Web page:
Locally Shot Film Makes Queens Debut 20 Years After Filmmaker Died

By Katie Honan on March 6, 2014 10:19am 

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 "The House That Jack Built" was written over 20 years ago by Joe Vasquez, who died in 1995.
'The House That Jack Built' Debuts in Queens
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JACKSON HEIGHTS — A movie written more than two decades ago by a Sundance Film Festival-honored artist who has since died was recently completed by a Jackson Heights filmmaker and will make its Queens debut Friday as part of the Queens World Film Festival.

"The House That Jack Built" tells the story of Jack, a drug dealer in The Bronx who buys an apartment building so his family can live under the same roof. It screens March 7 at 7:30 p.m. at P.S. 69 on 37th Avenue.

The story is "quite universal from afar," according to one of the producers, Hitesh Patel, 40, who lives in Jackson Heights.

"It's about a man and his family," Patel said.

The film also represents a promise made — and kept — to screenwriter Joe Vásquez, who died in 1995 due to complications from AIDS.

Vásquez was an up-and-coming filmmaker whose movie "Hangin' With the Homeboys" won honors at the Sundance Film Festival in 1991.

"The House That Jack Built" was his last screenplay, and he met two of the current producers, Michael Lieber and Sam Kitt, shortly before he died.

"They knew each other when he just started coming on the scene," Patel said.

"Just before Joe passed he was able to ask them to someday make this story, to bring this film to life. It would be a really amazing thing for him."

Lieber "really stuck to his guns and for many years held on to the script," Patel said, which was at one point optioned through Spike Lee's 40 Acres and a Mule production company.

When those plans fell through, he kept the script, Patel said — and kept his promise.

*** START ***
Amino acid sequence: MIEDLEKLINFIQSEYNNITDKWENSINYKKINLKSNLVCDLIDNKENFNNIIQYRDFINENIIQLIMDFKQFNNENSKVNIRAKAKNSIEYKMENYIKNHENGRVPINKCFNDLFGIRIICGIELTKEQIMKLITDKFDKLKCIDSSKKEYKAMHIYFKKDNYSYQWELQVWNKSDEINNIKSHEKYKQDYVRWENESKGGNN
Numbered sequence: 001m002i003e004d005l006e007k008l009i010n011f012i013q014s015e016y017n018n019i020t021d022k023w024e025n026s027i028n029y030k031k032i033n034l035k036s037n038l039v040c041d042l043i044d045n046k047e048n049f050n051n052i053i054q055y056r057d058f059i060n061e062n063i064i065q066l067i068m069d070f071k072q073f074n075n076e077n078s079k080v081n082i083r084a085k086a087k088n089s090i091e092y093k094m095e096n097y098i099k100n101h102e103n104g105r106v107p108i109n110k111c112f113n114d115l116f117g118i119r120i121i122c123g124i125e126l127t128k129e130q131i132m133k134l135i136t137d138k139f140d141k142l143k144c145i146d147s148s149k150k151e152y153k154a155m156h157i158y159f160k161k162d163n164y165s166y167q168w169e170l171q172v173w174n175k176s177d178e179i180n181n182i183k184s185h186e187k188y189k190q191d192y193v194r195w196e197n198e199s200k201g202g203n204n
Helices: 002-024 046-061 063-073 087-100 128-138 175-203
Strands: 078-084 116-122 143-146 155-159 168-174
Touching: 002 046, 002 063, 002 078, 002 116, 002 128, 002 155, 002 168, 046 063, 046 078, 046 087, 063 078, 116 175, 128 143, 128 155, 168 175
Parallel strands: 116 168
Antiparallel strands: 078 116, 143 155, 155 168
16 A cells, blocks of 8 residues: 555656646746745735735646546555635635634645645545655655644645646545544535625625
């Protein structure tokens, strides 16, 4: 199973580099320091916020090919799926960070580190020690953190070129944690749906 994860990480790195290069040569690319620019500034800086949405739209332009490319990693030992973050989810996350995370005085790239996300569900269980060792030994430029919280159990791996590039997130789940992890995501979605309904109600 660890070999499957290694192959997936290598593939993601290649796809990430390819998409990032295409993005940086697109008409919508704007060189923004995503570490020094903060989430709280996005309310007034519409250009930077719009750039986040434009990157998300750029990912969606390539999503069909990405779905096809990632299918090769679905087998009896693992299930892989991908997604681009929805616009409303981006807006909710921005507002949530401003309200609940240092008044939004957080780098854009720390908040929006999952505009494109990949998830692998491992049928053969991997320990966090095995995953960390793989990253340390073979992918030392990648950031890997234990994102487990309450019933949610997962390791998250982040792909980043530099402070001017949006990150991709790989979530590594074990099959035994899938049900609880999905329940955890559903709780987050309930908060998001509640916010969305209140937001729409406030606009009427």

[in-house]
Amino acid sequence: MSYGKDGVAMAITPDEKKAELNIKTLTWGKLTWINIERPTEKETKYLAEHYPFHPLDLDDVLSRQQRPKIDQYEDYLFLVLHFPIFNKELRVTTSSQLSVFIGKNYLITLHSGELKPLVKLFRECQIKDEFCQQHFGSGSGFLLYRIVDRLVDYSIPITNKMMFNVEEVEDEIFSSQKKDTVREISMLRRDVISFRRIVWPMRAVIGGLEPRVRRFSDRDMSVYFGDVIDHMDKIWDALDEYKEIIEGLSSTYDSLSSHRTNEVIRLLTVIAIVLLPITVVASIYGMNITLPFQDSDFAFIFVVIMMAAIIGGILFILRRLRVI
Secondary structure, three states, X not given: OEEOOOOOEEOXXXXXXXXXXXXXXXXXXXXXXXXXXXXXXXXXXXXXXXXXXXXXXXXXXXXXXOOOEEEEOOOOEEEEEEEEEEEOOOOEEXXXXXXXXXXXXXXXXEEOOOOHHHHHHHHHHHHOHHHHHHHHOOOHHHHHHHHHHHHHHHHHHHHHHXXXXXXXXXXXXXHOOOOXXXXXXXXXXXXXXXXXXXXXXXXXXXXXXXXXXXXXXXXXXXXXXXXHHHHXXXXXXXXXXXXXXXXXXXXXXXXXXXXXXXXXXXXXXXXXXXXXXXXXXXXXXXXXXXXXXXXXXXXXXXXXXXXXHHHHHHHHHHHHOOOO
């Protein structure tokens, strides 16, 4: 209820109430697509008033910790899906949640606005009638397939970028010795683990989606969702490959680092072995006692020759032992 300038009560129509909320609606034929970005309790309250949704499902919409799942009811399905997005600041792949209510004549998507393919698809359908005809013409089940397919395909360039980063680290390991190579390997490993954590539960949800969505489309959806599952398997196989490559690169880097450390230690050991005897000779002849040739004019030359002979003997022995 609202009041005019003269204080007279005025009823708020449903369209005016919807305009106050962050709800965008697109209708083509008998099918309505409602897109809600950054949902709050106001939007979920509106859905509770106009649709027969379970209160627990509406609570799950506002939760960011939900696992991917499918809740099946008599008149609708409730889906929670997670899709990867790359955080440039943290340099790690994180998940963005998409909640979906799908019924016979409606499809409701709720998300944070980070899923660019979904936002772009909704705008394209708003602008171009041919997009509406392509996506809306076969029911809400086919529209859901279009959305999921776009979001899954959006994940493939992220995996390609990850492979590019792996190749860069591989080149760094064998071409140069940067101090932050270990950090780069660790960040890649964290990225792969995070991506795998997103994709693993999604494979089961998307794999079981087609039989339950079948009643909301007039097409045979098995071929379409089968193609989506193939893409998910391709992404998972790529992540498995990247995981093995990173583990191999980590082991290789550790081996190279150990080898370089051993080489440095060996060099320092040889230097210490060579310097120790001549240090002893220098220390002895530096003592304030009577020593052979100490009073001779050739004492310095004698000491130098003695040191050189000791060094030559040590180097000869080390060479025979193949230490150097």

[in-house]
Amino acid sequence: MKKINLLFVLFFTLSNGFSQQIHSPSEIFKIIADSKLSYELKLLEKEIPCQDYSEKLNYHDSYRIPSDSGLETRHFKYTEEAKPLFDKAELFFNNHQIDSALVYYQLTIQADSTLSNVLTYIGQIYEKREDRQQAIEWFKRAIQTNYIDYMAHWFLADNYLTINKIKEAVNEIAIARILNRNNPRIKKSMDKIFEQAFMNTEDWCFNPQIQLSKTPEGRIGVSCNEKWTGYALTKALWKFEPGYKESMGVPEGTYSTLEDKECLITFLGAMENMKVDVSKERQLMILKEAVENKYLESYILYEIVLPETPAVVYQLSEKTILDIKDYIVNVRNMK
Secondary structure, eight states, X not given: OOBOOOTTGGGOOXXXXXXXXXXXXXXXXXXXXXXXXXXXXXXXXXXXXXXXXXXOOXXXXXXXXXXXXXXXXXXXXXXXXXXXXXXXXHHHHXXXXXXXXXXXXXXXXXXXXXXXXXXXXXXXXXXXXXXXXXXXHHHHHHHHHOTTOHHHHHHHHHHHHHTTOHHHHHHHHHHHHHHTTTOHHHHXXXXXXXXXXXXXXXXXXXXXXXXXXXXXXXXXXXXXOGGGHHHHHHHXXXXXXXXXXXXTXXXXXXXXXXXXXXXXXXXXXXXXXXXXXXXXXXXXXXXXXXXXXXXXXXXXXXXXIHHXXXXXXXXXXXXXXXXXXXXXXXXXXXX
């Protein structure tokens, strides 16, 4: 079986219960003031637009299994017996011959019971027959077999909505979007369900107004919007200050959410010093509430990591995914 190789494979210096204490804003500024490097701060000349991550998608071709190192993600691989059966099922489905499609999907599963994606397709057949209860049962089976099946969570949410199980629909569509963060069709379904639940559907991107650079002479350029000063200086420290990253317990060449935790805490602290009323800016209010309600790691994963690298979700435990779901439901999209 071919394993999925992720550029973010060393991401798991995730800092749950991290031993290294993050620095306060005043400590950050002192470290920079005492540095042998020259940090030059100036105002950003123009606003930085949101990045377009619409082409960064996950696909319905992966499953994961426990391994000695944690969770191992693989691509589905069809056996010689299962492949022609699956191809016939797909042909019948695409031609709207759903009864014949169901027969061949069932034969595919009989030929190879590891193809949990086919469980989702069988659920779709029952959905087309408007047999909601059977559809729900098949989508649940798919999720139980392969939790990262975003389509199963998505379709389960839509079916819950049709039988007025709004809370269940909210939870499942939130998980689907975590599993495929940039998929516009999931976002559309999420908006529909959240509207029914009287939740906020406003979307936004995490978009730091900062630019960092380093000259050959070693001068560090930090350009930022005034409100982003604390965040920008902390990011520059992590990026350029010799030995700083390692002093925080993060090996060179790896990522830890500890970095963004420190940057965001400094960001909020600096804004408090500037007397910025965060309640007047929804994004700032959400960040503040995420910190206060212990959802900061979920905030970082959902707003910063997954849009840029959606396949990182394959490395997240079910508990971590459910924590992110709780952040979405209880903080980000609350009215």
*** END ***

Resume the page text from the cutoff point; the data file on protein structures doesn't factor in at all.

"It's a very nice commitment to keep," he said.

Patel met the production team in 2011 and a year later they had secured enough funding to produce the low-budget, independent film in the spirit Vásquez would have liked, he said. It was directed by Henry Barrial, who has worked on other films that have debuted at Sundance and elsewhere.

Production on "The House That Jack Built" started in the summer of 2012 and lasted more than three and a half weeks, with one week spent in an apartment building on 77th Street in Jackson Heights.

Despite being written more than 20 years ago, the story still rings true, Patel said, and they kept the majority of the script the same.

"We found that actually the story runs quite universal, but we did make some slight adjustments, mainly in the dialogue," he said.

The film premiered at the L.A. Film Festival in June, to positive reviews, including one from The Hollywood Reporter that noted its "working class realism" that brings the story to life.

It features all local actors and a local crew. Patel, who's lived in Jackson Heights for nine years, said he loved sharing the neighborhood with the actors, photographers and crew.

"Knowing that people were spending money in local spots was pretty nice," he said.

It's also a boost to have been selected for the local film festival, since premiering in Los Angeles and showing at festivals in St. Louis and Maryland. They'll also screen the film in April at the Phoenix Film Festival.

"Being selected for the Queens World Film Festival — it's a great festival that's also local," he said. "We really felt like it's a little homecoming for us."

"The House That Jack Built" screens on Friday, March 7 at 7:30 p.m. at P.S. 69, 77-02 37th Ave., Jackson Heights. For ticket information, visit the Queens World Film Festival's website.

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